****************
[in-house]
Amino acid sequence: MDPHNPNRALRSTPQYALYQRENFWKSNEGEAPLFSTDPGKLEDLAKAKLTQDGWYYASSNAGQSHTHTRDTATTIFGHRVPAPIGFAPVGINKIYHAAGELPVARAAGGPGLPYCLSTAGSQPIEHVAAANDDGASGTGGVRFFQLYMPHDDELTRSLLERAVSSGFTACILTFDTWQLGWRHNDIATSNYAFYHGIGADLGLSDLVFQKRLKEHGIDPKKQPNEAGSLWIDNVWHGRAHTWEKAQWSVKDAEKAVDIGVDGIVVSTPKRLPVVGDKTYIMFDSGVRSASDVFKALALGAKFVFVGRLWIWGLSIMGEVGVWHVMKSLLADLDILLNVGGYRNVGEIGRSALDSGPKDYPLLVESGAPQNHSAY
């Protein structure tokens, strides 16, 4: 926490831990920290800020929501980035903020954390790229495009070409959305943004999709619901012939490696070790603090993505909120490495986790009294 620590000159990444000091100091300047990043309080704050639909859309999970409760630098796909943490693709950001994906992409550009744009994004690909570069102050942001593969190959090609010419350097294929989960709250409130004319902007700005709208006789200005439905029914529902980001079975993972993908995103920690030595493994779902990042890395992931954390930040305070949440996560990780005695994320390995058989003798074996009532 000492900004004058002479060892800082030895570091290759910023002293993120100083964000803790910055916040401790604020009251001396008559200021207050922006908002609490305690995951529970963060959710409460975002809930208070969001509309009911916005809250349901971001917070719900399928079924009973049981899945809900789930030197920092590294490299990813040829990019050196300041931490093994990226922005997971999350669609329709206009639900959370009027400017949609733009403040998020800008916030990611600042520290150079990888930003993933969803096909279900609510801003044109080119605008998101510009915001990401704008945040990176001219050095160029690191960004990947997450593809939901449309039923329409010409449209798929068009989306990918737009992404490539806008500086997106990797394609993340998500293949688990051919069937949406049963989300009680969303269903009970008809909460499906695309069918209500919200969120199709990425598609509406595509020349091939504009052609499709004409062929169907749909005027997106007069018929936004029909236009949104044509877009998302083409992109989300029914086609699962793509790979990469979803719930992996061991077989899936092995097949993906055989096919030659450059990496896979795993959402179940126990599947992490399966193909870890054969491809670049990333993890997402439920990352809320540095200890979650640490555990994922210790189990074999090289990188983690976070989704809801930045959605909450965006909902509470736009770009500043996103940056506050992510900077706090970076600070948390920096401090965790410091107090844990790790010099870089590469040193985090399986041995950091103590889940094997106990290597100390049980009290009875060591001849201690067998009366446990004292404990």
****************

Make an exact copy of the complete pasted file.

[in-house]
Amino acid sequence: MDPHNPNRALRSTPQYALYQRENFWKSNEGEAPLFSTDPGKLEDLAKAKLTQDGWYYASSNAGQSHTHTRDTATTIFGHRVPAPIGFAPVGINKIYHAAGELPVARAAGGPGLPYCLSTAGSQPIEHVAAANDDGASGTGGVRFFQLYMPHDDELTRSLLERAVSSGFTACILTFDTWQLGWRHNDIATSNYAFYHGIGADLGLSDLVFQKRLKEHGIDPKKQPNEAGSLWIDNVWHGRAHTWEKAQWSVKDAEKAVDIGVDGIVVSTPKRLPVVGDKTYIMFDSGVRSASDVFKALALGAKFVFVGRLWIWGLSIMGEVGVWHVMKSLLADLDILLNVGGYRNVGEIGRSALDSGPKDYPLLVESGAPQNHSAY
């Protein structure tokens, strides 16, 4: 926490831990920290800020929501980035903020954390790229495009070409959305943004999709619901012939490696070790603090993505909120490495986790009294 620590000159990444000091100091300047990043309080704050639909859309999970409760630098796909943490693709950001994906992409550009744009994004690909570069102050942001593969190959090609010419350097294929989960709250409130004319902007700005709208006789200005439905029914529902980001079975993972993908995103920690030595493994779902990042890395992931954390930040305070949440996560990780005695994320390995058989003798074996009532 000492900004004058002479060892800082030895570091290759910023002293993120100083964000803790910055916040401790604020009251001396008559200021207050922006908002609490305690995951529970963060959710409460975002809930208070969001509309009911916005809250349901971001917070719900399928079924009973049981899945809900789930030197920092590294490299990813040829990019050196300041931490093994990226922005997971999350669609329709206009639900959370009027400017949609733009403040998020800008916030990611600042520290150079990888930003993933969803096909279900609510801003044109080119605008998101510009915001990401704008945040990176001219050095160029690191960004990947997450593809939901449309039923329409010409449209798929068009989306990918737009992404490539806008500086997106990797394609993340998500293949688990051919069937949406049963989300009680969303269903009970008809909460499906695309069918209500919200969120199709990425598609509406595509020349091939504009052609499709004409062929169907749909005027997106007069018929936004029909236009949104044509877009998302083409992109989300029914086609699962793509790979990469979803719930992996061991077989899936092995097949993906055989096919030659450059990496896979795993959402179940126990599947992490399966193909870890054969491809670049990333993890997402439920990352809320540095200890979650640490555990994922210790189990074999090289990188983690976070989704809801930045959605909450965006909902509470736009770009500043996103940056506050992510900077706090970076600070948390920096401090965790410091107090844990790790010099870089590469040193985090399986041995950091103590889940094997106990290597100390049980009290009875060591001849201690067998009366446990004292404990």